It’s very hard to critique a soundtrack without having seen the film. All I know about the film that this soundtrack is from, The Wackness, is that Ben Kingsley’s in it, which is basically worth the price of admission alone. The soundtrack itself is dope, as well. Peep the track list alone, and you’ll feel like you were in a time warp—especially considering that four of the thirteen songs are from Bad Boy’s catalogue, as well as two from Wu-Tang’s glory days. It’s a very good collection of ’90s Hip-Hop and R&B.

On the Hip-Hop side of things, the song selection is relatively unorthodox—”The What,” Biggie’s collabo with Method Man (who, with the exception of the writing credits, is not at all acknowledged anywhere in the CD’s information), is included, as well as the ORIGINAL version of Craig Mack’s “Flava in Ya Ear.” I haven’t heard it in a long time because I personally prefer the remix, and I’d forgotten how truly dope Craig comes on this joint:

“Just…like… Uniblab, robotic kickin’ flab
My flavor be the badder
Madder than the Mad Hatter
I bet you my shit come out fatter
got the data
to turn your body into antimatter {…body into antimatter…}
And just like a piece of sizzlean
you’ll fit inside my stomach 
with the eggs and grits between {…take ’em down, Mack…}
The King is what I mean
I mean
my man get a cup 
and put some change inside your hand {…take ’em down, Mack…}
Now hold up
let’s make this official {…make it official}
everybody let’s agree that M.C.’s need a tissue {..wake ’em up}
The funk’s my only issue
I bet your mama miss you
and I bet the Mack take off like an M.X. missile
No more of your whining
on the charts climbing
as I make the funk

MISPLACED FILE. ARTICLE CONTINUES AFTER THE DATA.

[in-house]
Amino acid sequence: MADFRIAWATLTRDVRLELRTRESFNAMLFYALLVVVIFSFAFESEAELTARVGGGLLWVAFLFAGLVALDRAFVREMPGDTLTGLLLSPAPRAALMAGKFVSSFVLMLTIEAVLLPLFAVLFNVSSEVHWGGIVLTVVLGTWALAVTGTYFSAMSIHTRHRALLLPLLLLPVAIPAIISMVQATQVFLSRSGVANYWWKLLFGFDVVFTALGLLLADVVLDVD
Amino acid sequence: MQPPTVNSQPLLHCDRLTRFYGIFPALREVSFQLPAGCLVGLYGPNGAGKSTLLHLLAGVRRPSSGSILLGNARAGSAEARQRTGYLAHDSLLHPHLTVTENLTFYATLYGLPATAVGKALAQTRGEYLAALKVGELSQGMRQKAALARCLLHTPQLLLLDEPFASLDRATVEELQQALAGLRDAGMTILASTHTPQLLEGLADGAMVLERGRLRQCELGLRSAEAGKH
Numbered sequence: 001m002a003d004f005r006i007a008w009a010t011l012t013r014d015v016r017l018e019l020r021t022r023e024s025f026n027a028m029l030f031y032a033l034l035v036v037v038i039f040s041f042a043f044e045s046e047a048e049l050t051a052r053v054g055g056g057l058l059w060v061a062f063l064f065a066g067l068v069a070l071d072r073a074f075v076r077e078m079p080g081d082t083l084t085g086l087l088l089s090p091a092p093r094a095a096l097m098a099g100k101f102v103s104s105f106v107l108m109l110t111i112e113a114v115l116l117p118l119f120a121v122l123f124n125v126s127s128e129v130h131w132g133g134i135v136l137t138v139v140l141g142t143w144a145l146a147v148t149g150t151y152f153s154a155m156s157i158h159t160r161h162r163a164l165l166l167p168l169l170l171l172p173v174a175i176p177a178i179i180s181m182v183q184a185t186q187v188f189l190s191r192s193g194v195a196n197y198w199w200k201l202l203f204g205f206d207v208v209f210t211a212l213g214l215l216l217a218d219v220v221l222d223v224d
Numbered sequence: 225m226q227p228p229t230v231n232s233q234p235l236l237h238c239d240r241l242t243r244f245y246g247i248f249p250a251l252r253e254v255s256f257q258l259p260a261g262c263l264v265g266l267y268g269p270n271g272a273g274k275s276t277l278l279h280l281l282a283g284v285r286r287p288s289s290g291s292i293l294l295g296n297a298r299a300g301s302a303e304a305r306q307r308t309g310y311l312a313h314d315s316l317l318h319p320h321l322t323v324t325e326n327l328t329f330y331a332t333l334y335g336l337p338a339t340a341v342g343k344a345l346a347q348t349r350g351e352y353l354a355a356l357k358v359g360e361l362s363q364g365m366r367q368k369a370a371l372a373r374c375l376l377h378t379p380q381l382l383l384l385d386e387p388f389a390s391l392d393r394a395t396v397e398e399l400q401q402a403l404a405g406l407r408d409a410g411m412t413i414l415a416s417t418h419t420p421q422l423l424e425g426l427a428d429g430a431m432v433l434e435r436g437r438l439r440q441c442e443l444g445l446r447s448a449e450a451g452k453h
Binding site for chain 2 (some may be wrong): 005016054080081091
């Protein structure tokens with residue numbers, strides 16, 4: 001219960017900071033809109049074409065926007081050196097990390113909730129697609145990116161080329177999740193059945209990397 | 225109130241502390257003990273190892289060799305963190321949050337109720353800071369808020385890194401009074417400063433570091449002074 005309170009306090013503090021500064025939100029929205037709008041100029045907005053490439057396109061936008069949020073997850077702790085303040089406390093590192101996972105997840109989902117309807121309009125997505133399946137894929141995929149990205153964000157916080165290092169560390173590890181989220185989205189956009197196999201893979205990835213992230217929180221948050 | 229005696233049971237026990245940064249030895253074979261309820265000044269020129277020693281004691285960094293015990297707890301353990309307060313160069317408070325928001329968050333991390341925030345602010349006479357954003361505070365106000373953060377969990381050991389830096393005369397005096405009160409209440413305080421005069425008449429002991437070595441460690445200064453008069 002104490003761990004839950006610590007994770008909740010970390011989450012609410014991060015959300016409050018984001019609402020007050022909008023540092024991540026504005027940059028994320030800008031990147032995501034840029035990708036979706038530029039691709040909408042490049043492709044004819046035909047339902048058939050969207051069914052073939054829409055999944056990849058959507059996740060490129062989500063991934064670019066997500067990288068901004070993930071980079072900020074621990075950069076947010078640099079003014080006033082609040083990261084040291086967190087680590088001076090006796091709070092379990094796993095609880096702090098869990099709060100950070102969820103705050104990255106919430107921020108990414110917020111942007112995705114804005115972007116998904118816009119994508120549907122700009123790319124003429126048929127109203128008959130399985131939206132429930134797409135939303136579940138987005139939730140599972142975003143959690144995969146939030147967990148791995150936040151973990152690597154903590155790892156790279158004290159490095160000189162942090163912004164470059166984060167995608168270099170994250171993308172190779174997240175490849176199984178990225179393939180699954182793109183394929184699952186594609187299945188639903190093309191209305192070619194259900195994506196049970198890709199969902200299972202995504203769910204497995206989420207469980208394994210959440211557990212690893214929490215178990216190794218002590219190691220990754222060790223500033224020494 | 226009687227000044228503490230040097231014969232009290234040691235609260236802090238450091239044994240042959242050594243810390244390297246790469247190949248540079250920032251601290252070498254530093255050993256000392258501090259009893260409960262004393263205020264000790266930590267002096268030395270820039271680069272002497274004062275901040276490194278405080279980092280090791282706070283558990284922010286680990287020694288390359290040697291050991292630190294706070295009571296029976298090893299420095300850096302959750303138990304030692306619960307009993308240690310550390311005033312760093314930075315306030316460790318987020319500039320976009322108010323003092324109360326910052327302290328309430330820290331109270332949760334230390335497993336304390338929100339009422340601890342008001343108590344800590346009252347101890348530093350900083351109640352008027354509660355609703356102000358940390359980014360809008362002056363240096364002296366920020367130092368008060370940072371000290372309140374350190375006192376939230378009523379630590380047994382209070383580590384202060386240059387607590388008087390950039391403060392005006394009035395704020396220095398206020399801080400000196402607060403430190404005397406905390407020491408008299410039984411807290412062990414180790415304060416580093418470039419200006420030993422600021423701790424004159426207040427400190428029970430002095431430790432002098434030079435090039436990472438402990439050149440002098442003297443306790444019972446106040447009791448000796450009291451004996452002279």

kickin’ out more harder than a diamond {…harder than a diamond}
And if you didn’t know who’s rhyming
I guess I’m gonna say Craig Mack
with perfect timing”

KRS’s “I Can’t Wake Up” is on here as well, which is definitely a treat, as well as Nas’s “The World Is Yours.” Tribe’s on here (“Can I Kick It?”) alongside Raekwon and the Wu-Tang Clan (“Heaven & Hell” and “Tearz,” respectively), with Biz Markie’s “Just A Friend” rounding out the quality Hip-Hop on the track list. The most conventional song choice for this throwback jam is DJ Jazzy Jeff & the Fresh Prince’s “Summertime,” but the song is so classic and well-interwoven with the vibe of the compilation that it really doesn’t matter.

The R&B tracks are dope, as well—Total’s CLASSIC remix of “Can’t You See” with the Notorious B.I.G. is included, which is ESPECIALLY nice considering that I haven’t heard it since I was in the fourth grade. Biggie’s verse is crazy, and the beat absolutely KNOCKS—the guitar licks of James Brown’s “The Big Payback” add some funk for Frank White to vibe to as he drops one of his illest verses:

“Give me all the chickenheads from Pasadena to Medina
Bet Big get in between ya
Then pick the prognosis, doses
Blends and bends like Twizzlers
Biggie’s fitting to hurt
What’s under that skirt?
(Slow down, son, you’re killin us)
Who fillin ’em with octane?
Got ’em gassed up
‘Bout to get blast up, sup
The last one, word to your mother
Brother, listen
I’ve seen it when he kissed ’em at the way
Made his body shake
The high tide it 8 50 I’s smoke tank
Rap terror whore crow and terror, true
Fly by the rivers but this is conspicuous
Bad Boys slipped in ninety-five ridiculous
My rap’s rhymes is like land mines
One step, ka-boom, black suits fill the room
To whom it may concern, Junior Mafia’s the click
Act up, I’ll have my honies Total bust your…”

Faith Evans’ “You Used to Love Me” is a choice selection, as well as The Pioneers’ reggae track “Long Shot Kick De Bucket,” which adds some much-needed variety to an album that’s heavy on slickly produced Hip-Hop and R&B.

Then I heard R. Kelly’s “Bump ‘N Grind.” WHAT THE FUCK?!?!?! Granted, I know that since I haven’t seen the movie, I don’t really know the context for it, but still…one of THE most played out songs in the HISTORY of music amidst golden age Hip-Hop classics? It’s mind blowing. Someone should fire the executive producers JUST for that colossal blunder.

Other than the inclusion of Mr. Kelly’s voice on the soundtrack, the only other criticism that I have is that there are no revelations on this CD—there are no rare, unheard remixes of classic songs, no new joints from some of these older heads, and CERTAINLY no new talent is discovered.

But other than that, the soundtrack is actually pretty decent—a nice little mix of records that definitely capture the throwback vibe that the flick’s producers were trying to go for with this compilation. The film may be The Wackness, but it’s music certainly isn’t.

Various Artists :: The Wackness Soundtrack
7Overall Score